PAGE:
Mikhail Gorbachev has written an article for The Times arguing that there are similarities between the battle against climate change today and the fall of the Berlin Wall twenty years ago:
Addressing climate change demands a paradigm shift on a scale akin to that required to end the Cold War. But we need a “circuit-breaker” to escape from the business-as-usual that currently dominates the political agenda. It was the transformation brought about by perestroika and glasnost that provided the quantum leap for freedom for the Soviet Union and Eastern Europe, and opened the way for the democratic revolution that saved history. Climate change is complex and closely entwined with a host of other challenges, but a similar breakthrough in our values and priorities is needed.
There is not just one wall to topple, but many. There is the wall between those states which are already industrialised, and those developing countries which do not want to be held back. There is the wall between those who cause climate change, and those who suffer the consequences. There is the wall between those who heed the scientific evidence, and those who pander to vested interests. And there is the wall between the citizens who are changing their own behaviour and want strong global action, and the leaders who are so far letting them down.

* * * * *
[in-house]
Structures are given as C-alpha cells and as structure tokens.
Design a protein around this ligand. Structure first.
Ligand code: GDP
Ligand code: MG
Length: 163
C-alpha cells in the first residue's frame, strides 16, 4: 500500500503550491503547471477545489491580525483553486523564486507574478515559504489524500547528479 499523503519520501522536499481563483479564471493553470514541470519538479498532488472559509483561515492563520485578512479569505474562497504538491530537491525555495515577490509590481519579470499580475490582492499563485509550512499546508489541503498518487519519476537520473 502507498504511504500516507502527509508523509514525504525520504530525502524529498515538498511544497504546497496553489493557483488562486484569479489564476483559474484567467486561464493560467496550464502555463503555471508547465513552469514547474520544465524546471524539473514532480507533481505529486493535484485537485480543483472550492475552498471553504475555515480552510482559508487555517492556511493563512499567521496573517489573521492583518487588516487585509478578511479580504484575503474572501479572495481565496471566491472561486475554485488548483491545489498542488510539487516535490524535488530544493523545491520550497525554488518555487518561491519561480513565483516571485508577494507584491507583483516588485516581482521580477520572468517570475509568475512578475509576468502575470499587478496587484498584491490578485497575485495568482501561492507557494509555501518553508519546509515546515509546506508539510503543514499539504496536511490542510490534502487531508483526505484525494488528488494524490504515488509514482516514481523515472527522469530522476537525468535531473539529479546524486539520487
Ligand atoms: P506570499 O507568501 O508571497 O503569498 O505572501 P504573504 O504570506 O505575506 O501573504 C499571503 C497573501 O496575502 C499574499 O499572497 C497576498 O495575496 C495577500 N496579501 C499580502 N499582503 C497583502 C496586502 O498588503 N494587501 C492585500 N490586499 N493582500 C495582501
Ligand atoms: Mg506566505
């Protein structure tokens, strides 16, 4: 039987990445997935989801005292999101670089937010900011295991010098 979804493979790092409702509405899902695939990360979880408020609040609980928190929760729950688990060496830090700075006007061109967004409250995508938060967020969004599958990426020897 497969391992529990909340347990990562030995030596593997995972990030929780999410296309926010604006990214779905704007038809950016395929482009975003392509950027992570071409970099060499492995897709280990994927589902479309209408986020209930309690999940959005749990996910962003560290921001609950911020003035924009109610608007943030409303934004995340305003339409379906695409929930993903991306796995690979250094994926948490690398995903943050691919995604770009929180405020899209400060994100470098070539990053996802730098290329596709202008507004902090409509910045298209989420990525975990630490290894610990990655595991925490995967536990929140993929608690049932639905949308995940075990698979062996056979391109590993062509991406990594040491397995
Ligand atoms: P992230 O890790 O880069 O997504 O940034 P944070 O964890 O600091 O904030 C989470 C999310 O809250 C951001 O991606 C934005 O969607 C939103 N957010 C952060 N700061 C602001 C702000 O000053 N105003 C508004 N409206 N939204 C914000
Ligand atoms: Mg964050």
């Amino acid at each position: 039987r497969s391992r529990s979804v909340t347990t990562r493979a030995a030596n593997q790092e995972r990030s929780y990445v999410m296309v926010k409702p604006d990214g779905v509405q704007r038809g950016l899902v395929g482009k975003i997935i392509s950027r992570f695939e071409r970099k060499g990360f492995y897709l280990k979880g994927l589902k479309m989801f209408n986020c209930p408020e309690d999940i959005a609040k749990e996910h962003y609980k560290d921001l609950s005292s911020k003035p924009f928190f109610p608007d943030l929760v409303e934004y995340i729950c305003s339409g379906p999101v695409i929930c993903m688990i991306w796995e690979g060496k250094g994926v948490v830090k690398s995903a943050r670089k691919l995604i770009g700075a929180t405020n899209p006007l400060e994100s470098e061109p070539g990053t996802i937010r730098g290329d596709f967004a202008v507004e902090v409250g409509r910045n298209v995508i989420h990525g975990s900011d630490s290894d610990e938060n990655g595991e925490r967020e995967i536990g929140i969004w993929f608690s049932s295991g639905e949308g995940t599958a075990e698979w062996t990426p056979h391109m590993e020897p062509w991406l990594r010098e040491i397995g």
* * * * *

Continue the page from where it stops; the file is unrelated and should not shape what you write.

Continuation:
He also calls on the leaders of the US, UK, India and China to attend the Copenhagen summit personally.
Of course, there are major differences between the two cases. The Berlin Wall was effectively a mechanism to hold people back from acting as they wished to, halting the movement of people from East to West Germany, and beyond. Dealing with climate change isn’t about allowing the energy people already have to be put into application, but rather about encouraging and compelling them to behave in better ways, largely for the welfare of others. That being said, it is good to see the historic importance of success or failure on this issue recognized. Hopefully, Copenhagen will go better than people are predicting.